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ผู้เขียน หัวข้อ: Diving into aquaculture  (อ่าน 2747 ครั้ง)
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« เมื่อ: พฤศจิกายน 16, 2006, 11:22:05 PM »

Source: Centre Daily  World News    15/11/2006 23:02:55
Source or related URL: http://www.centredaily.com

 
Elaine Gaston

They grow poinsettias to sell and give away at Christmas. They nurture young plants to ready them for a huge spring sale.

 

And now, members of the Carolina Forest High School FFA and horticulture students are raising tilapia, a tropical fish they hope to later market to local seafood outlets and donate to charitable groups, such as Street Reach and the Horry County Shelter Home.

 

Students with assistance from their adviser, Harry DuBose, are growing hundreds of fish in a recirculating system the group has created inside the school greenhouse at Carolina Forest High School as part of an aquaculture project, the students' latest venture to raise funds for the school as well as give back to the community.

 

The idea was spawned by Cameron Kessler, a junior and president of the school's FFA club, and William Edens, also a junior and the club's vice president.

 

"We wanted to do something new and different," Kessler said. "As soon as we got the fish, everybody was so excited. The students really liked the idea."

 

DuBose was initially reluctant because of the amount of work he knew would be required to make it happen and keep it operational. But because of the students' enthusiasm and willingness to try, DuBose agreed to get behind them.

 

"They are really excited about it, and are finding out how much work it is," DuBose said. "We're sticking our necks out here and giving nights and weekends."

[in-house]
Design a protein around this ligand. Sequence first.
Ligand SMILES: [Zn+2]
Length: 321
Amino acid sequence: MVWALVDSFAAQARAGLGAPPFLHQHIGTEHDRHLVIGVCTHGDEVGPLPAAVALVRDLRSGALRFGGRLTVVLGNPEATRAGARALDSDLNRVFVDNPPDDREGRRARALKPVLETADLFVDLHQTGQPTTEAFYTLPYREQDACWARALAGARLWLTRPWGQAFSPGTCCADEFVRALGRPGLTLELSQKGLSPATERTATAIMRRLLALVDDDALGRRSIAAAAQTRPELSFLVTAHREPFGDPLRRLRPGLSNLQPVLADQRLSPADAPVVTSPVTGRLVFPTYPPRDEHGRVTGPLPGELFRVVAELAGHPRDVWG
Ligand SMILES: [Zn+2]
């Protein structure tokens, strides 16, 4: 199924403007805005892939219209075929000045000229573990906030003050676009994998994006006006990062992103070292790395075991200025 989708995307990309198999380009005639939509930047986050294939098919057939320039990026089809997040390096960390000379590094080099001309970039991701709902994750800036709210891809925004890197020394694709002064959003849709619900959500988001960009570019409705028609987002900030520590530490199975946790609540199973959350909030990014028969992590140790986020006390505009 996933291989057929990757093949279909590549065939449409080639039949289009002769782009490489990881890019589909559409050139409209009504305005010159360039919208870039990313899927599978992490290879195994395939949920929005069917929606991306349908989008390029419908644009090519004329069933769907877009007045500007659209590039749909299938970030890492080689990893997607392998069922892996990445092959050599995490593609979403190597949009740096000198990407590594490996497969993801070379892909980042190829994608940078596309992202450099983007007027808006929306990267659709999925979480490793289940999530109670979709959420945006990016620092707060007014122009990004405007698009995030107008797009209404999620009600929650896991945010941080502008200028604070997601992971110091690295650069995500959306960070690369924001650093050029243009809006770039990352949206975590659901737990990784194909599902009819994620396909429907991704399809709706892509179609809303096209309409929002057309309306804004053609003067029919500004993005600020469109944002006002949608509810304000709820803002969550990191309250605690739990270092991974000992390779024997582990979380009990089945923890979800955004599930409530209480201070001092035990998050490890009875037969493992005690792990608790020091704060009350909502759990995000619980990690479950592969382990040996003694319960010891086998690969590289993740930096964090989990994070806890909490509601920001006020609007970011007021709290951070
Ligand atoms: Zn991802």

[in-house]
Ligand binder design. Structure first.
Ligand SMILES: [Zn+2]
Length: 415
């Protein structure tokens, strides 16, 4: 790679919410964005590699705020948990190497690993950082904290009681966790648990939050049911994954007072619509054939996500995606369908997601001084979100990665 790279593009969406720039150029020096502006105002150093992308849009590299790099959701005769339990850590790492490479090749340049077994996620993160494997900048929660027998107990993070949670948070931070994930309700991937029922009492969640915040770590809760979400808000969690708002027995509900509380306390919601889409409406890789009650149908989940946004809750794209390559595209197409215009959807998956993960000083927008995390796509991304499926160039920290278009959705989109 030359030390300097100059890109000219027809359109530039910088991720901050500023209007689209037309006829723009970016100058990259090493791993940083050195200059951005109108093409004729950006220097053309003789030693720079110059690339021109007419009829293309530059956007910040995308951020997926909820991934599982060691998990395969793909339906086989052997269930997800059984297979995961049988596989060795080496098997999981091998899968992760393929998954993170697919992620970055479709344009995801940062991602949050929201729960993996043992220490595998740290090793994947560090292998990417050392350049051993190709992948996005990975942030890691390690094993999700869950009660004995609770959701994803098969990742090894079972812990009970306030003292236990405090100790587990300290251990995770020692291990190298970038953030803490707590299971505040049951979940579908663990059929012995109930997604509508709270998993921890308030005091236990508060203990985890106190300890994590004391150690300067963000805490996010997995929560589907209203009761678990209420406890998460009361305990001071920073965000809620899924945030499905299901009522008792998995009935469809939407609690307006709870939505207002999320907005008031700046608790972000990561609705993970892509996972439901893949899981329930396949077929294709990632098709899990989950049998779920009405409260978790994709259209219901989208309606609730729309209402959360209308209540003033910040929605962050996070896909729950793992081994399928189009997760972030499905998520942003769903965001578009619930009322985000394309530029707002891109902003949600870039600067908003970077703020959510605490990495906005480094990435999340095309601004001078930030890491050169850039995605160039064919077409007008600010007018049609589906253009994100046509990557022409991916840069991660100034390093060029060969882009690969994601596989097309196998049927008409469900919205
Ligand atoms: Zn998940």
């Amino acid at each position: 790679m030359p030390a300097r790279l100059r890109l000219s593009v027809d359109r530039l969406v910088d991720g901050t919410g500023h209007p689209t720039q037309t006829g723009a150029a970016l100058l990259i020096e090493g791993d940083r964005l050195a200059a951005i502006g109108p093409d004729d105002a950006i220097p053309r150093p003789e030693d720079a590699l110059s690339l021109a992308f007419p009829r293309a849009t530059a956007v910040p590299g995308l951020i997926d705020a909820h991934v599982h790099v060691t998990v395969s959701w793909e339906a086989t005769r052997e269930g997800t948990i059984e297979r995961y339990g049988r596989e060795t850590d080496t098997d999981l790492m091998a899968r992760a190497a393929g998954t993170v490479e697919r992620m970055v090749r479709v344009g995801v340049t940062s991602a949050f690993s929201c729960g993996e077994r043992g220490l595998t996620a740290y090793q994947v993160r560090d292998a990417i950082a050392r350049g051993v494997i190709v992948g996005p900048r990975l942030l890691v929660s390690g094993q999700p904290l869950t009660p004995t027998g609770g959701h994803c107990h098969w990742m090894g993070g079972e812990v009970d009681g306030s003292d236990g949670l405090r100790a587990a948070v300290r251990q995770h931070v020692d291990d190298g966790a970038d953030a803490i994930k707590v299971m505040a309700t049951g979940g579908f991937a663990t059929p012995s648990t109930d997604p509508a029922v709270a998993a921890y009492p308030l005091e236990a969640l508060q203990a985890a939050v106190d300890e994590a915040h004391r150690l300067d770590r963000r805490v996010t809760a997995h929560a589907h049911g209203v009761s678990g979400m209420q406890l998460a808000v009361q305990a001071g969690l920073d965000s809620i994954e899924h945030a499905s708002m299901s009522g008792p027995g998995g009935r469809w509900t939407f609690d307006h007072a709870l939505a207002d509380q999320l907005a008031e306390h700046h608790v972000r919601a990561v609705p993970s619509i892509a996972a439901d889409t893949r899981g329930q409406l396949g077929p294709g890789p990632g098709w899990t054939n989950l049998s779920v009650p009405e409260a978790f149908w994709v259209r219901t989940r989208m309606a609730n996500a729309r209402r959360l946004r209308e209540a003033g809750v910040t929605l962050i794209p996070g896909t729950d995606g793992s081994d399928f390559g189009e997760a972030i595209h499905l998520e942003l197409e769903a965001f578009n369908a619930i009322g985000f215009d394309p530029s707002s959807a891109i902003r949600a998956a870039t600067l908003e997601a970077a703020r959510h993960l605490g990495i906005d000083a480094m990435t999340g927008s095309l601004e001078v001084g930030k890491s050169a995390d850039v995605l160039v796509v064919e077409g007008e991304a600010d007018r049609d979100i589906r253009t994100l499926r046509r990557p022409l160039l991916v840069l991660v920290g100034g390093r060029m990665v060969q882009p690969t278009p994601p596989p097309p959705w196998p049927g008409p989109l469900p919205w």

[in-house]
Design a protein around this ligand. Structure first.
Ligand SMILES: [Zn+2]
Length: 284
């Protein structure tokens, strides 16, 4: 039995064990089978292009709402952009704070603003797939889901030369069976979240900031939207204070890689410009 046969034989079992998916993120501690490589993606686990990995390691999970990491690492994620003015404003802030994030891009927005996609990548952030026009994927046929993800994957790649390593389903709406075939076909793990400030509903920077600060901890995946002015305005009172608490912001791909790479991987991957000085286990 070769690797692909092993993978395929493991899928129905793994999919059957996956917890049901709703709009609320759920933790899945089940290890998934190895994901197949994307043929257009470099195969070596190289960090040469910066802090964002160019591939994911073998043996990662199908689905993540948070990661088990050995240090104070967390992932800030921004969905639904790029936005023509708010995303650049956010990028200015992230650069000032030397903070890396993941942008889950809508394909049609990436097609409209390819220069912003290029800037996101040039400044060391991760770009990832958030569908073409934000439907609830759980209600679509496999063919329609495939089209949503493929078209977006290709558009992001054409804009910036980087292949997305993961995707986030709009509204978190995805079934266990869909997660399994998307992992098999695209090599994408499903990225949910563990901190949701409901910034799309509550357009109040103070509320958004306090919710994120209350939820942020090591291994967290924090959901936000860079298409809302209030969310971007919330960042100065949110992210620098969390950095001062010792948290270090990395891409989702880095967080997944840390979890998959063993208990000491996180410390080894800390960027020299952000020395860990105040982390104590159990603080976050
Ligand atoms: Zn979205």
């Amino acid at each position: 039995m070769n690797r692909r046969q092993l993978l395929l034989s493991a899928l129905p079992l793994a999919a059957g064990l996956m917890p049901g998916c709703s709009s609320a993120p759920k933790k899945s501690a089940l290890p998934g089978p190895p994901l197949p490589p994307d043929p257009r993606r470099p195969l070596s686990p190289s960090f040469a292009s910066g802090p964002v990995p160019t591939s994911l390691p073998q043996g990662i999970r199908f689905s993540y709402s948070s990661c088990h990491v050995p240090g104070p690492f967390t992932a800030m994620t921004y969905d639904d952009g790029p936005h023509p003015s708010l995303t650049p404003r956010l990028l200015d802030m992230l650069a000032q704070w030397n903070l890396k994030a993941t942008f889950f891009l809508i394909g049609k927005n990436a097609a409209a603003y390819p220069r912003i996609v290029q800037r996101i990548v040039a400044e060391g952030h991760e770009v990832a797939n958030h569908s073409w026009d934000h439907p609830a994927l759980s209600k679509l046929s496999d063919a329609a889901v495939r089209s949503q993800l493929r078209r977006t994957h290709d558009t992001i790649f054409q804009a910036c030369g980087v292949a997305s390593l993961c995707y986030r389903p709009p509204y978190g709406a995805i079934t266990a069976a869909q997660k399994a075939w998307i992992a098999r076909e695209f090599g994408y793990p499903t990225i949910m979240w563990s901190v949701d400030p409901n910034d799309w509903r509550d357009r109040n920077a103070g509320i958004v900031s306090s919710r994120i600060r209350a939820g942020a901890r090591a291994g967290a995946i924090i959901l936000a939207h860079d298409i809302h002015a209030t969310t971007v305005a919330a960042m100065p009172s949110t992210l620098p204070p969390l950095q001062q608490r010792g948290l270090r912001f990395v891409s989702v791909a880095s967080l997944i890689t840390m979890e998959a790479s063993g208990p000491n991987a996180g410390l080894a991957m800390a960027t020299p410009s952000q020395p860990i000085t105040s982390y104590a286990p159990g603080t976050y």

DuBose also has enlisted the help of experts in the industry, inviting them to share tips and speak to the students about the aquaculture industry, the fastest-growing segment of U.S. agriculture because of declining wild stocks caused by overfishing and environmental changes. Among the guest speakers last week was Jack Whetstone, an extension aquaculture specialist with Clemson University and the S.C. Sea Grant, who praised the students' efforts to dabble in aquaculture and offered encouragement to remain steadfast.

 

"I think it's wonderful," Whetstone said. "It's a great way for them to learn so many different things - from math and science to the biology of fish, economics and sustainable environments. I know of no other high school [in South Carolina] close to doing this type of thing."

 

Students were able to get much of what they needed, including the fish, donated to the school. A 1,200-gallon irrigation tank now home to nearly 500 tilapia sits across from several tables blanketed with red poinsettia plants inside the greenhouse. Students in the horticulture program help keep the greenhouse clean, feed the fish, clean the fish tank and care for the poinsettias and other plants.

 

Ultimately, the students involved in the aquaculture project hope to develop a sustainable ecosystem that will enable them to recycle the fish waste to nurture the greenhouse plants.

 

"We're not there yet, and it's not perfect, but that is what we'd like to do," DuBose said.

 

The students also are coming up with innovative ways to reduce the amount of time needed to tend to the plants. For instance, they've developed a fertigation system that will water and feed fertilizer to the poinsettias.

 

"That way we don't have to do it by hand," Kessler said.

 

They're also working on developing a programmable system that will work automatically on weekends to maintain the plants.

 

"It's a full-time job out here," Kessler said.

 

Learning how to maintain the fish has been the bigger challenge. They know they must continue to maintain water quality and figure out a way to sustain them through the winter as temperatures dip lower. They know they'll have to add a bigger tank once the fish outgrow the one they're in. But they're preparing for the challenge by researching and soliciting input from green industry experts.

 

"It's hard," Kessler said. "We knew nothing coming into it. ... We'd like to come out better than when we started."

 
 
 
 
 
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